A Google Tool Is Better Than Pathologists At Detecting Advanced Breast Cancer

The tool also makes it quicker and easier for doctors to accurately diagnose metastatic tumors.

Google has developed a new tool that proves AI could become instrumental in detecting cancer. The company has developed a new system, named Lymph Node Assistant (or LYNA), that can spot the features of metastasized breast cancer with  higher accuracy than practicing pathologists.

As the company outlined in its blog, the team trained the LYNA algorithm to recognize characteristics of metastatic tumors using pathology slides, meant to mimic the diversity of samples and articles seen in routine clinical practice. The resulting AI system was able to accurately distinguish the difference between cancer and non-cancer slides 99 percent of the time— even when looking for extremely small metastases that are notoriously hard for doctors to detect.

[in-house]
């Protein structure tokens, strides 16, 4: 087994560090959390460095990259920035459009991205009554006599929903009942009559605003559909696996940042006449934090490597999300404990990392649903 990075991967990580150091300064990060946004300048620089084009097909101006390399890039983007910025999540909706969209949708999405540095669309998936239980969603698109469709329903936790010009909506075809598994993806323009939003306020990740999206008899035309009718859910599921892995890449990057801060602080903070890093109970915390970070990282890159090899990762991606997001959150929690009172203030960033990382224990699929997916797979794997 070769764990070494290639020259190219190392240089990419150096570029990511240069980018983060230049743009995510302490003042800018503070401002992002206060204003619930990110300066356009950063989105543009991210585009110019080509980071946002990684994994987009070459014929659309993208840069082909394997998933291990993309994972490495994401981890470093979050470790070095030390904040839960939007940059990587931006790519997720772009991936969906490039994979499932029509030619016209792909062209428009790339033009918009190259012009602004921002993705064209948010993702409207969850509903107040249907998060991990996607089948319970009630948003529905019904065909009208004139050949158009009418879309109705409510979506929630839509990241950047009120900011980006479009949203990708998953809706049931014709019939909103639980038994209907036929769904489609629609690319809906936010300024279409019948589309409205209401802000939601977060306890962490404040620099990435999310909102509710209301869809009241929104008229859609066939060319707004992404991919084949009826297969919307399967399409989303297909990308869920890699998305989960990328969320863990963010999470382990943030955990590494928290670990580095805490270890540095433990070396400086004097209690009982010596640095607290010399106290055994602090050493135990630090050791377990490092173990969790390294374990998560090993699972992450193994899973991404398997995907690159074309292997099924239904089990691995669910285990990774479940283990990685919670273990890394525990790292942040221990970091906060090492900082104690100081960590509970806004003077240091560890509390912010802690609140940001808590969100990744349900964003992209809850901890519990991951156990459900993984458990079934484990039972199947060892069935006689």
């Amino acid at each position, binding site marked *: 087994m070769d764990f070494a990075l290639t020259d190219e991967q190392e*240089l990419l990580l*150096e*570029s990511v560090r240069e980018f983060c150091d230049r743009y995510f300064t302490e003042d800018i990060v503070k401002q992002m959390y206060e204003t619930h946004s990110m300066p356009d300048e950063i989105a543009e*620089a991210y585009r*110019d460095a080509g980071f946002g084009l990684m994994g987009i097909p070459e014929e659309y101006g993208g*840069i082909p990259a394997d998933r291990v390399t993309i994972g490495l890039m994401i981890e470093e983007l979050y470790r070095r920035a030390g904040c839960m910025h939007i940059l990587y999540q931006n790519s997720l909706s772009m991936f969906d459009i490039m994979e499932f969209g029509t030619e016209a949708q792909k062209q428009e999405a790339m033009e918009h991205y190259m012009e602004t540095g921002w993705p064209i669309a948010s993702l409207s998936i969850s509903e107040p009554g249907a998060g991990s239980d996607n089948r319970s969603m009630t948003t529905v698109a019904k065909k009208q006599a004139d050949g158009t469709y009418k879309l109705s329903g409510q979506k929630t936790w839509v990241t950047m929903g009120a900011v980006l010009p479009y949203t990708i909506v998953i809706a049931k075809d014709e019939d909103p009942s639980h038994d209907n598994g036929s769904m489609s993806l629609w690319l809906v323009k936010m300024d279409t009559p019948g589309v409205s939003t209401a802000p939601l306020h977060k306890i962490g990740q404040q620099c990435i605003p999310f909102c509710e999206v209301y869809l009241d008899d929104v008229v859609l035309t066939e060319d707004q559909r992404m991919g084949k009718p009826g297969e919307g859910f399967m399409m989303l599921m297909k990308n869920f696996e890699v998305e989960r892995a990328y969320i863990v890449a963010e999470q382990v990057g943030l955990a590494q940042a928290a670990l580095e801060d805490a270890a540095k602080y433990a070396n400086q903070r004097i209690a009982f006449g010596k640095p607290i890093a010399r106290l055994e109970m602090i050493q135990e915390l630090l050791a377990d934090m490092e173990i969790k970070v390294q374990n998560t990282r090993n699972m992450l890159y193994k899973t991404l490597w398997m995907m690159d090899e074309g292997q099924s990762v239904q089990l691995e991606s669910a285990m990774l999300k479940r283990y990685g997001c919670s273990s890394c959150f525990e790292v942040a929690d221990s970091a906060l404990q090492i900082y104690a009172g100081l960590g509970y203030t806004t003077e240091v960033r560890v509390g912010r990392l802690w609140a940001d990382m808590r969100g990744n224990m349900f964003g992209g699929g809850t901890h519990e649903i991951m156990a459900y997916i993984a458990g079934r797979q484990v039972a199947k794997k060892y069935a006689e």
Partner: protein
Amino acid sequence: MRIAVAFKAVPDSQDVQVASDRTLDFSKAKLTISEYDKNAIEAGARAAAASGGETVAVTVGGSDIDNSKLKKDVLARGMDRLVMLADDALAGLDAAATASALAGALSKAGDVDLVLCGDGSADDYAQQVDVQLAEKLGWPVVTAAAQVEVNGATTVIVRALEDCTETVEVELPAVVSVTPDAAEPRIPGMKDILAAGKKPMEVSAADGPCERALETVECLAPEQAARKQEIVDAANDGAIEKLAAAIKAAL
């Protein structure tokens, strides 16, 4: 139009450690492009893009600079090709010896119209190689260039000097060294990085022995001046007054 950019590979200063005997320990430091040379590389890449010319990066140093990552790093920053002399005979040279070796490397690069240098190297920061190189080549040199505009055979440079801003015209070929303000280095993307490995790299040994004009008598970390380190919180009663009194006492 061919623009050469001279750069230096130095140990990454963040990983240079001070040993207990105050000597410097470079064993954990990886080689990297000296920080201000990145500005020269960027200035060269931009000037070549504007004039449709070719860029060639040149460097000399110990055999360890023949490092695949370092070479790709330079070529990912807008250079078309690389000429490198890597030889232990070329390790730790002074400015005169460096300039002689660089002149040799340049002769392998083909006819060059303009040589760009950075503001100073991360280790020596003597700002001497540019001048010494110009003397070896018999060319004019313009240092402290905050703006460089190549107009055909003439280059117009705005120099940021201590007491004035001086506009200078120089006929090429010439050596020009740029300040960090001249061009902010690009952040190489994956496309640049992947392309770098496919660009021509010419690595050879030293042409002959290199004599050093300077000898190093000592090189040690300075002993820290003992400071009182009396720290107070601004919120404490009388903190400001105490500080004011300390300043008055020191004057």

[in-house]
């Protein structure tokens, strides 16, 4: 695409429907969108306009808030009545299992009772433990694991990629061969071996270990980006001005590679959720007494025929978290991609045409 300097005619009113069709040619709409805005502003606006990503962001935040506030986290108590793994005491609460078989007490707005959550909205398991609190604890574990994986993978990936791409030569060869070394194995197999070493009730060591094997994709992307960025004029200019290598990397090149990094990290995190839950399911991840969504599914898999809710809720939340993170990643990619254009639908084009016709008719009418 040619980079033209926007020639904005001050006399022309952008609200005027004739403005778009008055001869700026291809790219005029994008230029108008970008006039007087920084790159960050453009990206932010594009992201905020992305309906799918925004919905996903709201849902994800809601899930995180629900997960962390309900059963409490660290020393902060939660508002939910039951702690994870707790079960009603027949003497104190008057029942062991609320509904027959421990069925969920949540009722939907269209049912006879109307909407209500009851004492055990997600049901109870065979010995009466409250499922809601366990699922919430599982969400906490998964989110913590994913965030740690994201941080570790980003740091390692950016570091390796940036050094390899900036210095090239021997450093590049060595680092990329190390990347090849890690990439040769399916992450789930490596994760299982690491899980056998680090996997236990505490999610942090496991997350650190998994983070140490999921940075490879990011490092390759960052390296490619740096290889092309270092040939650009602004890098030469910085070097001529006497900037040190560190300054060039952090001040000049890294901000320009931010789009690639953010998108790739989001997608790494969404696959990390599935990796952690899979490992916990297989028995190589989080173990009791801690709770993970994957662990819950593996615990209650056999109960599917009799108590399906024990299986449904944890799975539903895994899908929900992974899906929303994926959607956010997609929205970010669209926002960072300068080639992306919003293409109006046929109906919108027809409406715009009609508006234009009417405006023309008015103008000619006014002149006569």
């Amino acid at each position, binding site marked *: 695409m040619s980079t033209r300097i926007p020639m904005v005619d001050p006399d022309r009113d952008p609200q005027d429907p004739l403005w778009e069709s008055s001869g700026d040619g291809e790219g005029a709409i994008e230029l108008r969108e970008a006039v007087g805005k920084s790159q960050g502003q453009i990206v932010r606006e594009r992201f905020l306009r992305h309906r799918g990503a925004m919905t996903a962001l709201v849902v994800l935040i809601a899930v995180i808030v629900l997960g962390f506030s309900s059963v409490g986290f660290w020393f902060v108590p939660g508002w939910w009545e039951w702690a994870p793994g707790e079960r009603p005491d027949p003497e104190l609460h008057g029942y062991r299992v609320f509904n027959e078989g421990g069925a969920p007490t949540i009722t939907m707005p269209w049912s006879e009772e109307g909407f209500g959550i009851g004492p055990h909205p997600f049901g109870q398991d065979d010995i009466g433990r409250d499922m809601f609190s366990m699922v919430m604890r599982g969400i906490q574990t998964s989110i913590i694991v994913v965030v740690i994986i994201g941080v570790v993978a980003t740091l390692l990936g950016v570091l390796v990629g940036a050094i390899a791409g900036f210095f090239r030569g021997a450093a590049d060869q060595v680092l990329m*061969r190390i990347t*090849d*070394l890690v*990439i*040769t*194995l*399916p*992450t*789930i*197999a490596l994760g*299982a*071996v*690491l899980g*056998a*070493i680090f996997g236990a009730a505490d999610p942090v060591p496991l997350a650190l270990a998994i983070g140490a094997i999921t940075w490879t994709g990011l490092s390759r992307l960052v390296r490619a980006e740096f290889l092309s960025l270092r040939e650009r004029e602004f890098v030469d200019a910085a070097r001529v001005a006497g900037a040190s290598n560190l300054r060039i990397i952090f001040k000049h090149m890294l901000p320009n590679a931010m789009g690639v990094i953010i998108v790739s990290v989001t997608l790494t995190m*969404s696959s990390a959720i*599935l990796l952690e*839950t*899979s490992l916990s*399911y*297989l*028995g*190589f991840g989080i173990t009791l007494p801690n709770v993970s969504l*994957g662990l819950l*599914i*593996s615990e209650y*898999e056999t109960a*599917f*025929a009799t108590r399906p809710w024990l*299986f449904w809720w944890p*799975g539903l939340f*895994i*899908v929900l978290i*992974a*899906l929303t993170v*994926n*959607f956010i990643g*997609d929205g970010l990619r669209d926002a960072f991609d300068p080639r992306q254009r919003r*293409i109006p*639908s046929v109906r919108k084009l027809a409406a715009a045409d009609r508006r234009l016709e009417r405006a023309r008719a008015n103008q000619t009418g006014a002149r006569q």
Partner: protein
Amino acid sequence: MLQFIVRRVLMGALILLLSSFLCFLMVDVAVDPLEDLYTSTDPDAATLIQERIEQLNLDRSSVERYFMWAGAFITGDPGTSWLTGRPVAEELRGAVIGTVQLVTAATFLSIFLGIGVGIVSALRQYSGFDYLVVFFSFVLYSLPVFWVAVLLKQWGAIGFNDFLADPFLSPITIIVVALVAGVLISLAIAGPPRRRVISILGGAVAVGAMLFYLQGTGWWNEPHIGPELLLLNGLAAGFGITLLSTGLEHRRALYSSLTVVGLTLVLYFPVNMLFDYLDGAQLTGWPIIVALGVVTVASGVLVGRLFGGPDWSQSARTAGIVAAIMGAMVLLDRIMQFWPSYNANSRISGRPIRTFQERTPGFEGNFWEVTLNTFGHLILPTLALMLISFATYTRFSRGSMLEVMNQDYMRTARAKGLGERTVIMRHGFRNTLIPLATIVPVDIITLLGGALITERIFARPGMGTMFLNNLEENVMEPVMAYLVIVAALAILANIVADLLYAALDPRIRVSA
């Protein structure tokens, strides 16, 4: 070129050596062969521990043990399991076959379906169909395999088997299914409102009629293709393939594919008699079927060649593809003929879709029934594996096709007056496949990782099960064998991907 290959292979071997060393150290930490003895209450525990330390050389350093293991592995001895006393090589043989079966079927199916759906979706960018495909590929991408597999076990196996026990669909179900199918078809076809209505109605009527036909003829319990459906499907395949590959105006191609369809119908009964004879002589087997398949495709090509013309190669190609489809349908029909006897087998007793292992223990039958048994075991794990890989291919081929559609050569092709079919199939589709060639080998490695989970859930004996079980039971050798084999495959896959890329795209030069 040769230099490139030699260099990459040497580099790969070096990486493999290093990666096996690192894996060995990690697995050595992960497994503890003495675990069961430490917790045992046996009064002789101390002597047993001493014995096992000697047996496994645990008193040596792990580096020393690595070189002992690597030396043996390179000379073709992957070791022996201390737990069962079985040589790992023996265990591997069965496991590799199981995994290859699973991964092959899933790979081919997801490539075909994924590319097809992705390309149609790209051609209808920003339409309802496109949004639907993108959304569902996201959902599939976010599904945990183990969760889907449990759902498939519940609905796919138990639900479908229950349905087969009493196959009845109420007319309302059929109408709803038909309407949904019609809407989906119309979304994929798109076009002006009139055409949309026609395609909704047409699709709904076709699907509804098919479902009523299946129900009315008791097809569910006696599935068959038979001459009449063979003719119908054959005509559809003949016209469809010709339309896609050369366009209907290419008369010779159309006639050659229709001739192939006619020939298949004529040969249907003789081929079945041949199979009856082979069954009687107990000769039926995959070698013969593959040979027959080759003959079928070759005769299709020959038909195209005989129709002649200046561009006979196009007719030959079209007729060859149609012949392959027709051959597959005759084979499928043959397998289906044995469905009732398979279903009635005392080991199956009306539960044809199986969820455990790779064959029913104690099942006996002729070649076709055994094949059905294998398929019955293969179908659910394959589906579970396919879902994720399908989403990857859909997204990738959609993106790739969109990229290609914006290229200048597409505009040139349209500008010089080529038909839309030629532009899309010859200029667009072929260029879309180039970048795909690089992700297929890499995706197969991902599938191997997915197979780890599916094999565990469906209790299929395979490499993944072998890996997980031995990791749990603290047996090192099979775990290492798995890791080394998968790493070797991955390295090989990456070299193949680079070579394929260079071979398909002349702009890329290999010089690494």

According to MIT Technology Review, studies show that human pathologists can miss these small metastases as much as 62 percent of the time, particularly when under time pressure. The algorithm has a much better rate at successfully identifying these types of tumors in a more efficient period of time.


While the technology does have a higher rate of accuracy than human pathologists, Google points out that its not meant to replace them, but complement them. LYNA will serve as a useful tool for pathologists, making it quicker and easier to diagnose metastatic tumors. The algorithm can greatly decrease the average time it takes to check a slide, cutting it to down to as low one minute per slide in one study.

Google is still determining how to best apply the technology to real-life health care. Still, the system, if implemented, could have important implications for the practice of cancer detection in clinics across the globe.

As Google's AI blog states of the project, "Further work will be needed to assess the impact of LYNA on real clinical workflows and patient outcomes. However, we remain optimistic that carefully validated deep learning technologies and well-designed clinical tools can help improve both the accuracy and availability of pathologic diagnosis around the world."

Cover image via  Tomas K / Shutterstock.


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